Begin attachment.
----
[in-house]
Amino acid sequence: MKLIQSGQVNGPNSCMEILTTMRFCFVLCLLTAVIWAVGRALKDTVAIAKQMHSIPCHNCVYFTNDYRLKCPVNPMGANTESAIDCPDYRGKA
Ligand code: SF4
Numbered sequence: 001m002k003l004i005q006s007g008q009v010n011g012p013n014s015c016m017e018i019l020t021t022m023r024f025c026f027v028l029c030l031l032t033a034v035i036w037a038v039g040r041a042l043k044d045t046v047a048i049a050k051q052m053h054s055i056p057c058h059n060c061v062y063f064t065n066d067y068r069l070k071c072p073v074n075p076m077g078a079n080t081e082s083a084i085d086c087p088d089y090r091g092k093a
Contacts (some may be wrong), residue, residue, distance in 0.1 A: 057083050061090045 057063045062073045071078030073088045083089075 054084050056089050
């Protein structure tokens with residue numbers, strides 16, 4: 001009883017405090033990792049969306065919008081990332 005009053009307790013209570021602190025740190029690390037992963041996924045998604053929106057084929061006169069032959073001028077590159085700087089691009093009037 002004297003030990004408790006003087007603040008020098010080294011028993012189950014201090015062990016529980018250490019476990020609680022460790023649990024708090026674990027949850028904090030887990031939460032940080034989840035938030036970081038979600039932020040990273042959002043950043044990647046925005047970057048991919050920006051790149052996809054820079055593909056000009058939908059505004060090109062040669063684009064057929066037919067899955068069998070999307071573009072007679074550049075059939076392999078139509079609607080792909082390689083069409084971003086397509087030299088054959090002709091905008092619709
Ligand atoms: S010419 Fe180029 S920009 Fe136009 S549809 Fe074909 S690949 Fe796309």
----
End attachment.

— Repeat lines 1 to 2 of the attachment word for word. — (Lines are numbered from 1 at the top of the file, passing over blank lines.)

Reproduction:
[in-house]
Amino acid sequence: MKLIQSGQVNGPNSCMEILTTMRFCFVLCLLTAVIWAVGRALKDTVAIAKQMHSIPCHNCVYFTNDYRLKCPVNPMGANTESAIDCPDYRGKA